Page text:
“Guesswork about contexts”. Continue reading “Lost and Bereft: The Quest (not) for the historical Jesus — Crossley style”


2014-09-07

Taking Up Ben Goren’s Jesus Challenge

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by Neil Godfrey

Here is my response to the six point and 500 word Jesus Challenge issued by Ben Goren. I copy his specific challenge questions and respond in blue font beneath each one.

1. Start with a clear, concise, unambiguous definition of who Jesus was. Do the Gospels offer a good biography of him? Was he some random schmuck of a crazy street preacher whom nobody would even thought to have noticed? Was he a rebel commando, as I’ve even heard some argue?

The Jesus of the Canonical Gospels was literary tool functioning as a symbol of spiritual Israel and mouthpiece and demonstration for the different theological perspectives of the evangelists.

2. Offer positive evidence reliably dated to within a century or so of whenever you think Jesus lived that directly supports your position. Don’t merely cite evidence that doesn’t contradict it; if, for example, you were to claim that Jesus was a rebel commando, you’d have to find a source that explicitly says so.

The internal evidence of the Gospels (anachronisms, datable references and teachings that are best explained post 70, the literary relationships discernible among the Gospels, and the theological development evident across them) indicates they were composed after 70 CE. External evidence first evident in the second century is also consistent with this.

3. Ancient sources being what they are, there’s an overwhelming chance that the evidence you choose to support your theory will also contain significant elements that do not support it. Take a moment to reconcile this fact in a plausible manner. What criteria do you use to pick and choose? Continue reading “Taking Up Ben Goren’s Jesus Challenge”


2014-04-12

Historical Jesus Scholarship in a “Neoliberal” World

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by Neil Godfrey

jesus-in-an-age-of-neoliberalism2This post and several ensuing ones will be about what we can learn about historical Jesus scholarship from the book Jesus In An Age of Neoliberalism: Quests, Scholarship and Ideology by Professor James Crossley.

The second half of this post addresses some background that readers should understand as they read my engagement with Crossley’s book. There I address Crossley’s personal animosity towards me and his conviction that my past treatment of his works has been grotesquely unfair.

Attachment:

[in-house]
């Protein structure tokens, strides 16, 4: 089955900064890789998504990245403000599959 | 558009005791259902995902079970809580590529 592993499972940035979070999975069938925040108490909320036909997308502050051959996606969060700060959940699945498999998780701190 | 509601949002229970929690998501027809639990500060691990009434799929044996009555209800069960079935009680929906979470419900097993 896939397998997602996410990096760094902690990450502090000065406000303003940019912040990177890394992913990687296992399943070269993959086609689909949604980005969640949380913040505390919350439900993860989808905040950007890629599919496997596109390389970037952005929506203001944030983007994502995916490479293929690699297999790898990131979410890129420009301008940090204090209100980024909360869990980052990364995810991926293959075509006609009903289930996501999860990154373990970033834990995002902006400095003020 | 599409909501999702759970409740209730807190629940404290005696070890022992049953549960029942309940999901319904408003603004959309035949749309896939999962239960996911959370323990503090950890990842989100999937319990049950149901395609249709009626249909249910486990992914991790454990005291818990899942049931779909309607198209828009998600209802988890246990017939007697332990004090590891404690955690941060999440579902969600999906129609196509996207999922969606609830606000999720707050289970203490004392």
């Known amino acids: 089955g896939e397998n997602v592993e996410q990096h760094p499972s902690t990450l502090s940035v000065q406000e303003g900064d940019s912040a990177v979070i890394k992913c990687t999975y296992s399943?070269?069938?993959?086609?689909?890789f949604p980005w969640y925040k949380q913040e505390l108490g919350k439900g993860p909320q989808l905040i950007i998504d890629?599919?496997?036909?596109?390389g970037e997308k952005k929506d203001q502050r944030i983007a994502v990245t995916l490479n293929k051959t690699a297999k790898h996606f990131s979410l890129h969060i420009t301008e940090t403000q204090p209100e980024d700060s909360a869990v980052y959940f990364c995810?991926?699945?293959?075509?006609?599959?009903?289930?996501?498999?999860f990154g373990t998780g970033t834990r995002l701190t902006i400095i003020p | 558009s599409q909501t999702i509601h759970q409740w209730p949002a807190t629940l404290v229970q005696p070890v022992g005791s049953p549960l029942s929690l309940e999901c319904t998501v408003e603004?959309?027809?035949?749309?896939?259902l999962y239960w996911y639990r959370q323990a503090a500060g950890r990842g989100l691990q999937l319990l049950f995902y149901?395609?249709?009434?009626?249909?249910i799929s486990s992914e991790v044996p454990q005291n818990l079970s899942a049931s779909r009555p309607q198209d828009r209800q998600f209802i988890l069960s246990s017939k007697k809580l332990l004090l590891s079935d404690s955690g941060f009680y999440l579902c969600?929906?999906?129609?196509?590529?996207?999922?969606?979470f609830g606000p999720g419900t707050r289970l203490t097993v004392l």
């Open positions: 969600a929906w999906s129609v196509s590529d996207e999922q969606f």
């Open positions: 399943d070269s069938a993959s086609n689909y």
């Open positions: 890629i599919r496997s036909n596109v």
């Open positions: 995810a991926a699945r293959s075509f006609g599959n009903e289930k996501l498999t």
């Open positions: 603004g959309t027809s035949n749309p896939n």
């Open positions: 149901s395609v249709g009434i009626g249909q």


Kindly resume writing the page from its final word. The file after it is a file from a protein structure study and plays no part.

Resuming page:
Crossley’s main thesis is

to show how Jesus is a cultural icon in the sense that he is reconstructed by historians not simply as a figure for Galilee in the 20s and 30s but also, intentionally or not, as a figure for our ‘postmodern’ times. . . . (p. 8)

The thesis extends to arguing that the same Jesus becomes compatible with neoliberalism’s political agendas and very often subtly perpetuates “anti-Jewishness”.

[T]he emphasis could be placed on the greatest historic critic of our age, an obscure article in an evangelical journal or a rant on a blog: they all provide insight into our cultural contexts, irrespective of how good or bad they are. . . .

This book is at least as much about contemporary politics, ideology and culture as it is about Jesus, and in many ways, not least due to unfamiliar approaches in historical Jesus studies, this is almost inevitable. (pp. 8-10)

Obviously any cultural artefact provides insight into its cultural context, but when Crossley limits cultural context in his book to “postmodernism” and “neoliberalism” in their primarily political and racial-cultural manifestations I suspect he is presenting a two-dimensional perspective of scholarship. Quite often it appears his argument is another application of “parallelomania” in the sense that any scholarly interpretation that can be matched to a “neoliberal” or “postmodern” concept becomes the basis of his argument. His thesis would have been more deeply grounded had he been able to demonstrate more consistently, not just sporadically, how certain changes in views and presentations resulted from the direct interaction with political and cultural pressures.

Now I happen to agree with much of Crossley’s own political views. So in one major respect he had me onside from the beginning with Jesus In An Age of Neoliberalism, just as he did with his earlier companion book, Jesus in the Age of Terror. I found a number of aspects of his book insightful. I do think that in a number of instances he does make a sound case. Others, as I have indicated above, lacked rigour, were only superficially supported, ill-defined or simplistically conceived; and on occasion it seemed Crossley indulges in soap-box political declamations against his colleagues’ views while almost losing any solid relationship with historical Jesus studies. He appears to have assumed too much on the basis of partial evidence. Overall the book tends to read like an extended editorial opinion piece. So his preface overstates what follows when it says:

It is hoped that this book will establish the general case for the importance of the context of neoliberalism for understanding contemporary scholarship and for others to provide new case studies. This book is merely about certain examples of the impact of neoliberalism in understanding Jesus and contemporary scholarship. (pp. ix-x)